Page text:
Tag Archives: public safety

Quick Thoughts from the Esri UC 2011

The Esri User Conference in San Diego each summer is the largest GIS event of the year and there was certainly no disappointment this week as the biggest crowd ever gathered for the first day plenary sessions. According to Jack Dangermond, founder and president, the plenary held over 14,000 people with more than 15,000 expected in the final total by the end of the week.  There were plenty of announcements made by Esri which were enthusiastically received even though many had been “leaked” during the weeks before.  Jack’s own famous (and lengthy) pre-conference Q&A provided hours of early study material as did The Road Ahead for ArcGIS article in the summer issue of ArcNews for those who wanted a preview of what we would hear today.

While it would be a monumental task to cover everything presented, the highlights I think that are appropriate for public safety agencies to consider are more manageable and most significantly are not necessarily technology based.  A major thought Jack drove hard was a discussion of “understanding understanding” or the role that GIS plays in making information understood.  It wasn’t all about new cloud-based services, but extending a practical concept of “one map”.  That is the creation and authoring of data, mashed together into “intelligent web maps” and disseminated for collaboration.  After all, GIS is not just about visualization, but powerful analytics and even the value of business management.  The focus of the morning was clearly functional – from an operational perspective rather than just pandering to the technologists.  While there was plenty of demonstration of specific new tools coming in version 10.1, the driving factor was definitely value and productivity.  Another interesting concept that was clear was the co-evolution of GIS with related technologies like 3D (specifically LiDAR or even “indoors” and visualization rendering), imagery, and social media (“crowdsourcing”) forming a practical platform for analysis, problem-solving, and prediction.

Most surprisingly was that the word “cloud” was not used much at all, however the evidence of the platform was clear in new managed service options coming available through ArcGIS Online which has become a true platform to simplify and help manage the elastic demand for “intelligent web maps” during disasters.  These Esri subscription services will soon be available through ArcGIS Online.  While some critics bristle at security concerns or a perceived lack of control, this option is increasingly interesting to many emergency managers especially as bandwidth-intensive GIS maps take a bigger role in sharing situational information in crisis management without administration hassles.  ArcGIS Explorer is also growing up with new capabilities to read services like KML and WMS as well as produce Microsoft PowerPoint-style presentations with even more interactive geographic story telling capabilities.  Additionally, ArcGIS Online is becoming time-enabled and even more timely in its ability to share layers from many diverse sources represented uniformly.  ArcGIS Online also is getting significant new basemap options such as oceans for marine studies and publication quality National Geographic cartography.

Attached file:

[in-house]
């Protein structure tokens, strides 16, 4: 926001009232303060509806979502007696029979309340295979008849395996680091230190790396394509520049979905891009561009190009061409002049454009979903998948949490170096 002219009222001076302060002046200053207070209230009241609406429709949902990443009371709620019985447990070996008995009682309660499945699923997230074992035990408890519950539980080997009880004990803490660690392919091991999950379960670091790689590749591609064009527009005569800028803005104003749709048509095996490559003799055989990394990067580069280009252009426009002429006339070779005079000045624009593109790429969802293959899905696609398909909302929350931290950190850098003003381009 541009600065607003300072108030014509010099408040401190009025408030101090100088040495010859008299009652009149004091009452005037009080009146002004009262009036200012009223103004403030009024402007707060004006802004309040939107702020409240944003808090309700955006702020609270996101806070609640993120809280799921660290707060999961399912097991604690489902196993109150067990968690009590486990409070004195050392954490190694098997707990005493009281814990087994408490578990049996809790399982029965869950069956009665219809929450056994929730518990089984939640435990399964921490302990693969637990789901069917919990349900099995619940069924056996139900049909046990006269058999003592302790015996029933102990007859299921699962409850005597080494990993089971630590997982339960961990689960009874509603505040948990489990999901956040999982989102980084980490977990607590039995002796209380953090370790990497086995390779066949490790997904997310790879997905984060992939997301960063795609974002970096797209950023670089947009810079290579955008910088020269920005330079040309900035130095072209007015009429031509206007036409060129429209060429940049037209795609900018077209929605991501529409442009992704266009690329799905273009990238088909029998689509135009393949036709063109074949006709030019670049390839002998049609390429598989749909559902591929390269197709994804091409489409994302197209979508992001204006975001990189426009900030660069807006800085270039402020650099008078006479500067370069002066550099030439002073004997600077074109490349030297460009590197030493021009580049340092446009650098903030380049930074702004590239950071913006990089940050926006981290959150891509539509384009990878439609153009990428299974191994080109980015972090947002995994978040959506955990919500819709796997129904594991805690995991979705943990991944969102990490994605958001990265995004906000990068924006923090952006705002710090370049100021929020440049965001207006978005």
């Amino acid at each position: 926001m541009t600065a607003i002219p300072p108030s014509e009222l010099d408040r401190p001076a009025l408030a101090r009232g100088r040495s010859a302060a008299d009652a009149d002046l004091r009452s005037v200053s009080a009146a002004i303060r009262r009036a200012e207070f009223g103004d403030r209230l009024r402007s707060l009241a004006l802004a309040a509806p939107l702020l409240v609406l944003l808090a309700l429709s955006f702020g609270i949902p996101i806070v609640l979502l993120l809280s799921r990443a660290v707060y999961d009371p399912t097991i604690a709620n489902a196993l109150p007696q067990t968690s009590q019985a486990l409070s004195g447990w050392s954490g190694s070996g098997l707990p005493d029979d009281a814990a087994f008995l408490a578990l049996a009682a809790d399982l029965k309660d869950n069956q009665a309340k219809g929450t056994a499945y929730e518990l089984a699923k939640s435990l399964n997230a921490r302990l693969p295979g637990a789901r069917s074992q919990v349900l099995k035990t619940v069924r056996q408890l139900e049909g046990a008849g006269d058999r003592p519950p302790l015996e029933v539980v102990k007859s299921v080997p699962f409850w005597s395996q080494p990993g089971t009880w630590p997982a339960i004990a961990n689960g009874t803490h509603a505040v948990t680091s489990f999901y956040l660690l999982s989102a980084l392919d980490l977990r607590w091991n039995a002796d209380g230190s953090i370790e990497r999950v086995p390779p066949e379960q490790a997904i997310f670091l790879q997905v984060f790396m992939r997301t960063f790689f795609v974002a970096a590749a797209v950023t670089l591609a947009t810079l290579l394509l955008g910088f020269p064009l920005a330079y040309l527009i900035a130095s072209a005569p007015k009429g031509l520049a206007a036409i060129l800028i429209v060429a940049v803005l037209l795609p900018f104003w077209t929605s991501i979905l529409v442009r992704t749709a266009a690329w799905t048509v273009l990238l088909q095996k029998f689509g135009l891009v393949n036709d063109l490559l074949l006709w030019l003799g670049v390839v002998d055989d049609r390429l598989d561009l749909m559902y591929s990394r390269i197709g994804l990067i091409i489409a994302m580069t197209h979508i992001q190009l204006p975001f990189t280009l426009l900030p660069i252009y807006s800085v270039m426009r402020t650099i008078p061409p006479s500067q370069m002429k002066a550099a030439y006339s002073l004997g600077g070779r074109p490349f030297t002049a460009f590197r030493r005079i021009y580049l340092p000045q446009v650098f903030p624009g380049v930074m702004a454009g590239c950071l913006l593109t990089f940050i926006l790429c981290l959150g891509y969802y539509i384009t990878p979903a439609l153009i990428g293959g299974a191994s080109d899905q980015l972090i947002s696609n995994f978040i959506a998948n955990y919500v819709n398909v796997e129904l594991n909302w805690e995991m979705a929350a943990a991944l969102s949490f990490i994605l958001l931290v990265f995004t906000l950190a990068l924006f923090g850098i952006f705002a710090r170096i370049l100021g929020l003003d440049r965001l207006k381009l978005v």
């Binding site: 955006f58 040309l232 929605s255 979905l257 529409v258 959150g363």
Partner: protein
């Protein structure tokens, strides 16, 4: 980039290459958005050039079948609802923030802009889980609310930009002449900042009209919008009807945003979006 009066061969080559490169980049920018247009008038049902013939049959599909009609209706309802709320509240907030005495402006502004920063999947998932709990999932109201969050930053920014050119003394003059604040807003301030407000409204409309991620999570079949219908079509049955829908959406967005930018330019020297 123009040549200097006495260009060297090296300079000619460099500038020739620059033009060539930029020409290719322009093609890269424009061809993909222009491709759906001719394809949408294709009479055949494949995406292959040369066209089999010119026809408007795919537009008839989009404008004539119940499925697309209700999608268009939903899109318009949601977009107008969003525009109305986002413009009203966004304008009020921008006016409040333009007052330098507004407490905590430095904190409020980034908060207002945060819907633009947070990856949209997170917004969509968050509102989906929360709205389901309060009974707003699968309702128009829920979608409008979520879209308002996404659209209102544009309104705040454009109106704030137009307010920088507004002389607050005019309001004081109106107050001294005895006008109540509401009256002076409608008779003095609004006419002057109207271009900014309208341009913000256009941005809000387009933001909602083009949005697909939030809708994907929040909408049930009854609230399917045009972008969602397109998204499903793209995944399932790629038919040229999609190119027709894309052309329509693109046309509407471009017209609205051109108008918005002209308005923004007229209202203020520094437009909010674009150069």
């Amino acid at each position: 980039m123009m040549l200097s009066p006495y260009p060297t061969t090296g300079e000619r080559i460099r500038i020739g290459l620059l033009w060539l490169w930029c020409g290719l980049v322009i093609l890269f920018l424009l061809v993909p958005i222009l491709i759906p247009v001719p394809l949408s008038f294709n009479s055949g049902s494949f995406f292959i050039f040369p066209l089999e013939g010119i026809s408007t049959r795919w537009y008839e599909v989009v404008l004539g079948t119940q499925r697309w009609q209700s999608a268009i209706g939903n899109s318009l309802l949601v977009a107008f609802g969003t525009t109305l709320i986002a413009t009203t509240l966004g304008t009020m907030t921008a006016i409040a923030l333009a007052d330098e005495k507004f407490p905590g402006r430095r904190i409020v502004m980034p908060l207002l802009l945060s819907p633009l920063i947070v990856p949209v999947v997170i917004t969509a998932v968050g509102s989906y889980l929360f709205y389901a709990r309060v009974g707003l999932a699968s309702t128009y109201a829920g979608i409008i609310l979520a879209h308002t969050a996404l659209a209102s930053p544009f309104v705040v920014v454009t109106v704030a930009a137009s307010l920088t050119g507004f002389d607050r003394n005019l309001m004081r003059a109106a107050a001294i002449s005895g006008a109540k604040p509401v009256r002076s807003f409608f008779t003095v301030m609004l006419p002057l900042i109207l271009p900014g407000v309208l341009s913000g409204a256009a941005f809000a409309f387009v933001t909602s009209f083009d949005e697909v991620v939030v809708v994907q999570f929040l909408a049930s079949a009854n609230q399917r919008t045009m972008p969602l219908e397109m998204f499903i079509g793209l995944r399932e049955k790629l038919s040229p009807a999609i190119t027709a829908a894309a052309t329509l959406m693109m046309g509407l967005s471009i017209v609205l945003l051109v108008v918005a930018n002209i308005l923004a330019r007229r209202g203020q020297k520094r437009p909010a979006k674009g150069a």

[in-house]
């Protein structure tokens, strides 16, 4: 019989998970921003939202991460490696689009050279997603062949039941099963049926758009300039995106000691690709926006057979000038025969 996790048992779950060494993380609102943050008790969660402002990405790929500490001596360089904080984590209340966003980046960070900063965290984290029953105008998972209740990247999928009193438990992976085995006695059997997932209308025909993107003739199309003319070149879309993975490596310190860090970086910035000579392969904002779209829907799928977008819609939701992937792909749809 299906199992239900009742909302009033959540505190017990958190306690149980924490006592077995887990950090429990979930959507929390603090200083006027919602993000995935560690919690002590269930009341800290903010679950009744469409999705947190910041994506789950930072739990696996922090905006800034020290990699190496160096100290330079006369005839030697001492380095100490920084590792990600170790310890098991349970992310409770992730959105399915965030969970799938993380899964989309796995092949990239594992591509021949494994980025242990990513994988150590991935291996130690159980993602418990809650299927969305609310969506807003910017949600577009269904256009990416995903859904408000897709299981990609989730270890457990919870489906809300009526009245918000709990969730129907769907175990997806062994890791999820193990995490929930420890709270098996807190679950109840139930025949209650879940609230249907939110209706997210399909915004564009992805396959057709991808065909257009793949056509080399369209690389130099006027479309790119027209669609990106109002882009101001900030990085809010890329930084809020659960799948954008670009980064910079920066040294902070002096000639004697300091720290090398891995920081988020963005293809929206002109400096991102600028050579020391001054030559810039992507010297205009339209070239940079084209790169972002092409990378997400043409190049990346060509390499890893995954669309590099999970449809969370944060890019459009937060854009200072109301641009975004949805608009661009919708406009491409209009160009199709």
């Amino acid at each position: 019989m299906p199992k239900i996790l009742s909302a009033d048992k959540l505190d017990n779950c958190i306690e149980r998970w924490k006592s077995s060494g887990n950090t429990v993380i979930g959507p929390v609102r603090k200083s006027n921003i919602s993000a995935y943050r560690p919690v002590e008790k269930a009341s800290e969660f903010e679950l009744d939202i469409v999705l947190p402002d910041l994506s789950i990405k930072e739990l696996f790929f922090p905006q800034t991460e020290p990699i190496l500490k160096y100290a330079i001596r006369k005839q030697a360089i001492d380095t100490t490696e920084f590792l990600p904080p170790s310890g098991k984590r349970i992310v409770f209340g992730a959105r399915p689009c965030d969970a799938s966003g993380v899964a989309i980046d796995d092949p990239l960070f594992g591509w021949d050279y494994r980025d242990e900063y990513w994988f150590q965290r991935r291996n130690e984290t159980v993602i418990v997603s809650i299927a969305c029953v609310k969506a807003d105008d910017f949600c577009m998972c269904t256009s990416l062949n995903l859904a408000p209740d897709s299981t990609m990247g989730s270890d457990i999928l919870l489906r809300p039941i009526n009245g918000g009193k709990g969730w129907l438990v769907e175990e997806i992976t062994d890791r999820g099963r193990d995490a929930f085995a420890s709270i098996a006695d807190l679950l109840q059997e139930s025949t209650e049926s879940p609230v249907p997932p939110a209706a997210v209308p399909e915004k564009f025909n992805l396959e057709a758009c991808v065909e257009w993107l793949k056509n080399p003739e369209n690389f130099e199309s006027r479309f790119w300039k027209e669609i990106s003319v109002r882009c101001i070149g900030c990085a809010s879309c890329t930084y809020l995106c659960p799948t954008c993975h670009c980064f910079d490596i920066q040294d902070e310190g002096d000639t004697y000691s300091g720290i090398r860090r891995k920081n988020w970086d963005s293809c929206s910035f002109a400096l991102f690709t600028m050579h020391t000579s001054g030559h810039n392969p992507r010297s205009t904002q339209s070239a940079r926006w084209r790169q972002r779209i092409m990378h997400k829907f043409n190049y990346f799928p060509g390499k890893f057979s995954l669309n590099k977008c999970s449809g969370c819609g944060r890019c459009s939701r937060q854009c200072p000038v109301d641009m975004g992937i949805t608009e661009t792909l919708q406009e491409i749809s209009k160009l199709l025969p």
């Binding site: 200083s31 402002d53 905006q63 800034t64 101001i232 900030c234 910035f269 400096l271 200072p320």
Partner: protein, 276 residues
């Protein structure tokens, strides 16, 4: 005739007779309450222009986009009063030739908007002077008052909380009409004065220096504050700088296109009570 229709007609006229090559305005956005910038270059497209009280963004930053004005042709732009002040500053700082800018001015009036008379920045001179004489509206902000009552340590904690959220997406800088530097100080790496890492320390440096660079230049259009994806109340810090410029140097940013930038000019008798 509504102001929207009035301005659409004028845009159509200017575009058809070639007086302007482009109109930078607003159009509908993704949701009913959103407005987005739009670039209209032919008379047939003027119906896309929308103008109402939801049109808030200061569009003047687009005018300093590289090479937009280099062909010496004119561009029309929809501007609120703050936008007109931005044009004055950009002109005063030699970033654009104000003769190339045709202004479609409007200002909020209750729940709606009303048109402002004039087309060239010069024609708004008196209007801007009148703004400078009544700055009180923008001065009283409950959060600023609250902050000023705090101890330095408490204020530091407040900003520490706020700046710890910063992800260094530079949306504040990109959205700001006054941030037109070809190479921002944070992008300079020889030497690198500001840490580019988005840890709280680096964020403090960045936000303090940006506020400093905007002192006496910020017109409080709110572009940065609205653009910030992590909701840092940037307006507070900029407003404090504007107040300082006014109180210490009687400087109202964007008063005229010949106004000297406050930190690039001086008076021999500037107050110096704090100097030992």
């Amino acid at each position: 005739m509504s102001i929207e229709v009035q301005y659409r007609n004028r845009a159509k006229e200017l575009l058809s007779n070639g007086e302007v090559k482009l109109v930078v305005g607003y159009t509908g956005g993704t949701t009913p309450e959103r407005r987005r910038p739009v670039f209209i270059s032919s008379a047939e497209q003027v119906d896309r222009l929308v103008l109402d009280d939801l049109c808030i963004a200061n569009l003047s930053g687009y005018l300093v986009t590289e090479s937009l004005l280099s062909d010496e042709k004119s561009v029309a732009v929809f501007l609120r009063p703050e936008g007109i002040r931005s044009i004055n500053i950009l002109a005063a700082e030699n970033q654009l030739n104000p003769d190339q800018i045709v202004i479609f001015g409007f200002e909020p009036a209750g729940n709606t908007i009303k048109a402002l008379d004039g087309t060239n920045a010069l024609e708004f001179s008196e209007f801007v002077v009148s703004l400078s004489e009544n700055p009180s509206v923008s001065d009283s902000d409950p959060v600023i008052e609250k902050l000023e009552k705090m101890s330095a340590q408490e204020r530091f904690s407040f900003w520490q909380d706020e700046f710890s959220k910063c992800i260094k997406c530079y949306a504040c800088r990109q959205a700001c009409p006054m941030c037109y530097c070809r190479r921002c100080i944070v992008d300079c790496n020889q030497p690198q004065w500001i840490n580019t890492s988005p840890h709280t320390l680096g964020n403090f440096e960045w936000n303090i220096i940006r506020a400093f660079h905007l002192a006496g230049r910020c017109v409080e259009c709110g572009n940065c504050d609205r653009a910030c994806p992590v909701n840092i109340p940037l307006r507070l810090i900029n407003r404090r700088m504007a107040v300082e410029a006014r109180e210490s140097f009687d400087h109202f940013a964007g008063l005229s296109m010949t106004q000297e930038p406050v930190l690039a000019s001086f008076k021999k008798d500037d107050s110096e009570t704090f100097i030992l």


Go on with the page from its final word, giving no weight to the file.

The Community Analyst is another little known secret application from Esri providing flexible tools for searching and summarizing demographic data.  A free 14-day trial of the application is available for evaluation.  Imagery will add many new powerful tools at 10.1 making it faster and more useful with options to measure 3D qualities similar to Pictometry.  And functionality from MapIt is now being repackaged as ArcGIS Server templates to integrate Microsoft SharePoint or IBM COGNOS.  Another popular announcement was native 64-bit support for ArcGIS Server.

Several application examples from the “Special Achievement in GIS” (SAG) award winners were quickly displayed and more lengthy reviews of applications from the City of Boston were also provided as examples of “footprints for us to follow.”  You can watch recorded videos of the plenary sessions  and more online.

If you were there yourself, what was your favorite memory?

1 Comment

Filed under Conferences